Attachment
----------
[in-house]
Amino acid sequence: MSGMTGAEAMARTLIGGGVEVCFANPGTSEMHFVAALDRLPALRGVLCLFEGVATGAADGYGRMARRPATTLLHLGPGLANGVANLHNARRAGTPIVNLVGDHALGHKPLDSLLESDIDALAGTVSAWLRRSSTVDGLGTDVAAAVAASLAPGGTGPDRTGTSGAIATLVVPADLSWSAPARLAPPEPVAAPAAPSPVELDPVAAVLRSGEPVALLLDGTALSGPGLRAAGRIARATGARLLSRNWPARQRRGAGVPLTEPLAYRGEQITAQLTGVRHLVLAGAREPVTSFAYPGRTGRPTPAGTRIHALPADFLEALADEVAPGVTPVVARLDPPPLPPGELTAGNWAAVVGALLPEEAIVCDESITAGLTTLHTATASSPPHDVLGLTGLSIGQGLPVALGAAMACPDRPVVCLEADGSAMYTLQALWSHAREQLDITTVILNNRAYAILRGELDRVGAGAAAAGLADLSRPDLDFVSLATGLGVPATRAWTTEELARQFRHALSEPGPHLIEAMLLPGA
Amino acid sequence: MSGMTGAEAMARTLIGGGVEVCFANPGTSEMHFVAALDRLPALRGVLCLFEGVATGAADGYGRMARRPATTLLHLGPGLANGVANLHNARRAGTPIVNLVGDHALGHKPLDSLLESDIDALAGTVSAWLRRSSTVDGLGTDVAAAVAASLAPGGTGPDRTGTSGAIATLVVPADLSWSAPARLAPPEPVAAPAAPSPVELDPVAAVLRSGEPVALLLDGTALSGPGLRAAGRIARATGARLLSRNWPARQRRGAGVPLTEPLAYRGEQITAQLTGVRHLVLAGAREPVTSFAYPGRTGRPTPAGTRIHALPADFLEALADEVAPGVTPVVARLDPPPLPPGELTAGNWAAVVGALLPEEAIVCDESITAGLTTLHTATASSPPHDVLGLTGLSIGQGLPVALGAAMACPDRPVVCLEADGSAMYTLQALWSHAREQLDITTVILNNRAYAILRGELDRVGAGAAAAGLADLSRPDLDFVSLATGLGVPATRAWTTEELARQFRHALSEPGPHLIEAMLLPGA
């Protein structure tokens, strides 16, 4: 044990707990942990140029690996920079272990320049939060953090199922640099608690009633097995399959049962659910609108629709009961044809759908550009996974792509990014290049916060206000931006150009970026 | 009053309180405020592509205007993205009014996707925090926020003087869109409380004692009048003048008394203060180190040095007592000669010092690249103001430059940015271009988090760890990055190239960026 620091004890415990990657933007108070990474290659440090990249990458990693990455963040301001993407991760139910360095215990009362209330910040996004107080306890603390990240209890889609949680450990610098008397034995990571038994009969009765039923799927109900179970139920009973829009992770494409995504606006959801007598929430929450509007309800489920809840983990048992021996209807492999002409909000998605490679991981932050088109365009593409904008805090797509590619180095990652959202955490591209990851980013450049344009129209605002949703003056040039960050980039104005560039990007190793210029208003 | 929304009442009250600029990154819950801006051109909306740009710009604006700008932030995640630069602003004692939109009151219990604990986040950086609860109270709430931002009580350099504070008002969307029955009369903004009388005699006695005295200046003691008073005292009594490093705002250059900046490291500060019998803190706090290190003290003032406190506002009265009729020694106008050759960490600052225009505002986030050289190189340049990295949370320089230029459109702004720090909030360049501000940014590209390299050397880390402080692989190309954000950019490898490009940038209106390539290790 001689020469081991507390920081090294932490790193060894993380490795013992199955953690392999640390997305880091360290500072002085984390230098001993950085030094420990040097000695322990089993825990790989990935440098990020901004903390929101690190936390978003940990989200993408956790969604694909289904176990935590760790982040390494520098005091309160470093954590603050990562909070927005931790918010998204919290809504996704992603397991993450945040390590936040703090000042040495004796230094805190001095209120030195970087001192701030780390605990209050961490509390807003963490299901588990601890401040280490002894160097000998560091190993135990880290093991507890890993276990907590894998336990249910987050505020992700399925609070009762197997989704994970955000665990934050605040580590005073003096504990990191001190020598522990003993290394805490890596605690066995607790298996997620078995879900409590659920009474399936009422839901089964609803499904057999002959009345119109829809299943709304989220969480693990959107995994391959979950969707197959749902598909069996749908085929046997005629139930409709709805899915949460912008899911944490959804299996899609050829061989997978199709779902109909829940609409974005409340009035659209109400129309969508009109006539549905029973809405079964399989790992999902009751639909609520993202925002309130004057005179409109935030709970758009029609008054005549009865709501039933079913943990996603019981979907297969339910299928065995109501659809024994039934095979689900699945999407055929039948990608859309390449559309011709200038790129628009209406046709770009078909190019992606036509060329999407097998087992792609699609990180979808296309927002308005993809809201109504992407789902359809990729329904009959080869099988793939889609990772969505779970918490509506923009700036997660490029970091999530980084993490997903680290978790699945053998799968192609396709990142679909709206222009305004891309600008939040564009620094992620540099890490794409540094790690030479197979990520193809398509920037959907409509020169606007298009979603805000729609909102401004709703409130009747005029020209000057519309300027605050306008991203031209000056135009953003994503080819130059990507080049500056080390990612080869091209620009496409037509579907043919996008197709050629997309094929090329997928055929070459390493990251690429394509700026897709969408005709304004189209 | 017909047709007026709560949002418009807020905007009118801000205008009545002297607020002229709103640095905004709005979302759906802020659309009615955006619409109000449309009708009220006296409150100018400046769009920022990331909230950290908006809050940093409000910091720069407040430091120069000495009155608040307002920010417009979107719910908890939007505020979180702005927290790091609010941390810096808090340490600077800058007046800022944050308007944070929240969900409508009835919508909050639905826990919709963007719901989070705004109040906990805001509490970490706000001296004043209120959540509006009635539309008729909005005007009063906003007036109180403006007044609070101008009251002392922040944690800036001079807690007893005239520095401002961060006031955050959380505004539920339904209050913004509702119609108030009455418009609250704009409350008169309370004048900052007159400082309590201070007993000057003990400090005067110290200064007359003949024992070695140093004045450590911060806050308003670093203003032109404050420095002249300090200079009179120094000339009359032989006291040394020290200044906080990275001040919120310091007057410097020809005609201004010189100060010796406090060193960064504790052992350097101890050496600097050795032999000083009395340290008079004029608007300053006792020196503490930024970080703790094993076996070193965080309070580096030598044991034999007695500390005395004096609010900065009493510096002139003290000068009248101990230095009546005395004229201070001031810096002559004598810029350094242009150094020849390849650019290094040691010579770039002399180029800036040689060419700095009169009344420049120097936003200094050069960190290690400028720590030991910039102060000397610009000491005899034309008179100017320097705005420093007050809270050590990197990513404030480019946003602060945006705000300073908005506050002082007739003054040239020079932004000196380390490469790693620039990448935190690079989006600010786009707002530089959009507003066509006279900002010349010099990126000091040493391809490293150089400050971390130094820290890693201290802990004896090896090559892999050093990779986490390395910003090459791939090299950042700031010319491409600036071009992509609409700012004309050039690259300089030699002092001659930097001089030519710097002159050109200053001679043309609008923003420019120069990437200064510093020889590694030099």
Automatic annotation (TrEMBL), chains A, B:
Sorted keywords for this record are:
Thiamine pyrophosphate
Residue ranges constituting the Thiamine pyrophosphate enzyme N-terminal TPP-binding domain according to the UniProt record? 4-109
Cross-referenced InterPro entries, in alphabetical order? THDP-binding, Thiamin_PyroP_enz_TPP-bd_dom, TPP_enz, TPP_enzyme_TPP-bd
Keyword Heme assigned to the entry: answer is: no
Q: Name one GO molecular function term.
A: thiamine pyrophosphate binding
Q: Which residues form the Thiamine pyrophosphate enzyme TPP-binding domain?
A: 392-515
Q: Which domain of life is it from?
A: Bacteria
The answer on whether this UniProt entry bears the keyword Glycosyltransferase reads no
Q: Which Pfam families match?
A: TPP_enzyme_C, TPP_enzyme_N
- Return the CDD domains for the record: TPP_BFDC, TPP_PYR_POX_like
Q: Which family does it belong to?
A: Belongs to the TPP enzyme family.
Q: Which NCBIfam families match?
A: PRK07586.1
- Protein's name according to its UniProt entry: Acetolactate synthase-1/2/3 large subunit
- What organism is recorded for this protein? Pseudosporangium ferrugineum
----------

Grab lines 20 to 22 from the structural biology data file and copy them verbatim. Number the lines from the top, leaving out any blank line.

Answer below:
- Return the CDD domains for the record: TPP_BFDC, TPP_PYR_POX_like
Q: Which family does it belong to?
A: Belongs to the TPP enzyme family.